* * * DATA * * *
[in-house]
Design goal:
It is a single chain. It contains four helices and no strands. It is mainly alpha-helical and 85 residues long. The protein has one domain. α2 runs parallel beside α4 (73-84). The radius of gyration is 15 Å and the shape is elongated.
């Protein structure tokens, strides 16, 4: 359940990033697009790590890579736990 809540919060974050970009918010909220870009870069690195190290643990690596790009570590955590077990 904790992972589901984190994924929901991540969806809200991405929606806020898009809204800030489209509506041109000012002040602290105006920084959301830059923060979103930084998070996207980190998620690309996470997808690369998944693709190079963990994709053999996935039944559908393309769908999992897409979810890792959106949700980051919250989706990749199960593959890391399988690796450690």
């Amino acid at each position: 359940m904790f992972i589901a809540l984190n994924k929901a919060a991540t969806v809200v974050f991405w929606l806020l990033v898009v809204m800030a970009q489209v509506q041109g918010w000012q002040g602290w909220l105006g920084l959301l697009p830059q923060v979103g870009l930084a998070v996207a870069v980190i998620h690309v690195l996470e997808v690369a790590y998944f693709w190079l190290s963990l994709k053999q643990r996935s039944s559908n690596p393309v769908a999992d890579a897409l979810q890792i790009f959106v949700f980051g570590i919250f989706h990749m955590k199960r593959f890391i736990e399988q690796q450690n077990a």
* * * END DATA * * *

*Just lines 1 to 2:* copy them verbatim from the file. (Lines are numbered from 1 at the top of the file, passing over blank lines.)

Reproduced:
[in-house]
Design goal: